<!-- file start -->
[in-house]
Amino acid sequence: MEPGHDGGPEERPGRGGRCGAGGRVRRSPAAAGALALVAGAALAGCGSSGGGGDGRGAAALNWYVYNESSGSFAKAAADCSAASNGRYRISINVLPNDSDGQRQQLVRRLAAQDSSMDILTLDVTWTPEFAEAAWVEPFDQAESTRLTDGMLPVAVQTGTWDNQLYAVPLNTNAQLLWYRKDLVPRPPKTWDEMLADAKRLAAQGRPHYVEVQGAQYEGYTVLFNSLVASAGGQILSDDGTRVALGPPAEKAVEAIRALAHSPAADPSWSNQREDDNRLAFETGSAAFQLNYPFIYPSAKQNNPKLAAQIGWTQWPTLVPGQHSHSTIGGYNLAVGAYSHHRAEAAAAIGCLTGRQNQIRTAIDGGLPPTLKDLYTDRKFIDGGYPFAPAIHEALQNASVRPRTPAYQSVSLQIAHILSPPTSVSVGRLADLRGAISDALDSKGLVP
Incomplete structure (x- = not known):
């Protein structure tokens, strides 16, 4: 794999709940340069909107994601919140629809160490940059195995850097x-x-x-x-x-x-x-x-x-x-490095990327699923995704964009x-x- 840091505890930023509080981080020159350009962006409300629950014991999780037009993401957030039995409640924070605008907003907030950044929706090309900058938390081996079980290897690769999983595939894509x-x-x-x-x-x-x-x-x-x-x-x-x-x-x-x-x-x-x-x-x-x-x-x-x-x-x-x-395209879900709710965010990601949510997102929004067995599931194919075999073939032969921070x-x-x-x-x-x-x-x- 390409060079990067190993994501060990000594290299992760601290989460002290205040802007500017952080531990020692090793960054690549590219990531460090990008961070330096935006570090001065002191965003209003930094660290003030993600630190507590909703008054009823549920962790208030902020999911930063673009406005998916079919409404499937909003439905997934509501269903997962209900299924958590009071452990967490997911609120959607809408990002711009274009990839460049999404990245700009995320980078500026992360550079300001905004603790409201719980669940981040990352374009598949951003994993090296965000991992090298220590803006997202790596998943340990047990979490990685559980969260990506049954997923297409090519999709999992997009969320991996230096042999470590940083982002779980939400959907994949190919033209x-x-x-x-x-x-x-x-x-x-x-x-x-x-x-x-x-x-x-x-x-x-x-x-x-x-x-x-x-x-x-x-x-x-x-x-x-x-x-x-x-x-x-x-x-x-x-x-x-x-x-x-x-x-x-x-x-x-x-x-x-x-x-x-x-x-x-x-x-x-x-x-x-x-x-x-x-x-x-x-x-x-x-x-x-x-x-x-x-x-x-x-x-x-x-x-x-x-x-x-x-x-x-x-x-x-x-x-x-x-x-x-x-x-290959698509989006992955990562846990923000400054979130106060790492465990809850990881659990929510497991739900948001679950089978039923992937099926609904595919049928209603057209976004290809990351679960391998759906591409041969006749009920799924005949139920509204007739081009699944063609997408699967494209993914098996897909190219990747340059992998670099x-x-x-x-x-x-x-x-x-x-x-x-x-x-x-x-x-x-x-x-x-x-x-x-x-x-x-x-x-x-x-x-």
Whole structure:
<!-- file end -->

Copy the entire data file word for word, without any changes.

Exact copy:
[in-house]
Amino acid sequence: MEPGHDGGPEERPGRGGRCGAGGRVRRSPAAAGALALVAGAALAGCGSSGGGGDGRGAAALNWYVYNESSGSFAKAAADCSAASNGRYRISINVLPNDSDGQRQQLVRRLAAQDSSMDILTLDVTWTPEFAEAAWVEPFDQAESTRLTDGMLPVAVQTGTWDNQLYAVPLNTNAQLLWYRKDLVPRPPKTWDEMLADAKRLAAQGRPHYVEVQGAQYEGYTVLFNSLVASAGGQILSDDGTRVALGPPAEKAVEAIRALAHSPAADPSWSNQREDDNRLAFETGSAAFQLNYPFIYPSAKQNNPKLAAQIGWTQWPTLVPGQHSHSTIGGYNLAVGAYSHHRAEAAAAIGCLTGRQNQIRTAIDGGLPPTLKDLYTDRKFIDGGYPFAPAIHEALQNASVRPRTPAYQSVSLQIAHILSPPTSVSVGRLADLRGAISDALDSKGLVP
Incomplete structure (x- = not known):
């Protein structure tokens, strides 16, 4: 794999709940340069909107994601919140629809160490940059195995850097x-x-x-x-x-x-x-x-x-x-490095990327699923995704964009x-x- 840091505890930023509080981080020159350009962006409300629950014991999780037009993401957030039995409640924070605008907003907030950044929706090309900058938390081996079980290897690769999983595939894509x-x-x-x-x-x-x-x-x-x-x-x-x-x-x-x-x-x-x-x-x-x-x-x-x-x-x-x-395209879900709710965010990601949510997102929004067995599931194919075999073939032969921070x-x-x-x-x-x-x-x- 390409060079990067190993994501060990000594290299992760601290989460002290205040802007500017952080531990020692090793960054690549590219990531460090990008961070330096935006570090001065002191965003209003930094660290003030993600630190507590909703008054009823549920962790208030902020999911930063673009406005998916079919409404499937909003439905997934509501269903997962209900299924958590009071452990967490997911609120959607809408990002711009274009990839460049999404990245700009995320980078500026992360550079300001905004603790409201719980669940981040990352374009598949951003994993090296965000991992090298220590803006997202790596998943340990047990979490990685559980969260990506049954997923297409090519999709999992997009969320991996230096042999470590940083982002779980939400959907994949190919033209x-x-x-x-x-x-x-x-x-x-x-x-x-x-x-x-x-x-x-x-x-x-x-x-x-x-x-x-x-x-x-x-x-x-x-x-x-x-x-x-x-x-x-x-x-x-x-x-x-x-x-x-x-x-x-x-x-x-x-x-x-x-x-x-x-x-x-x-x-x-x-x-x-x-x-x-x-x-x-x-x-x-x-x-x-x-x-x-x-x-x-x-x-x-x-x-x-x-x-x-x-x-x-x-x-x-x-x-x-x-x-x-x-x-290959698509989006992955990562846990923000400054979130106060790492465990809850990881659990929510497991739900948001679950089978039923992937099926609904595919049928209603057209976004290809990351679960391998759906591409041969006749009920799924005949139920509204007739081009699944063609997408699967494209993914098996897909190219990747340059992998670099x-x-x-x-x-x-x-x-x-x-x-x-x-x-x-x-x-x-x-x-x-x-x-x-x-x-x-x-x-x-x-x-």
Whole structure: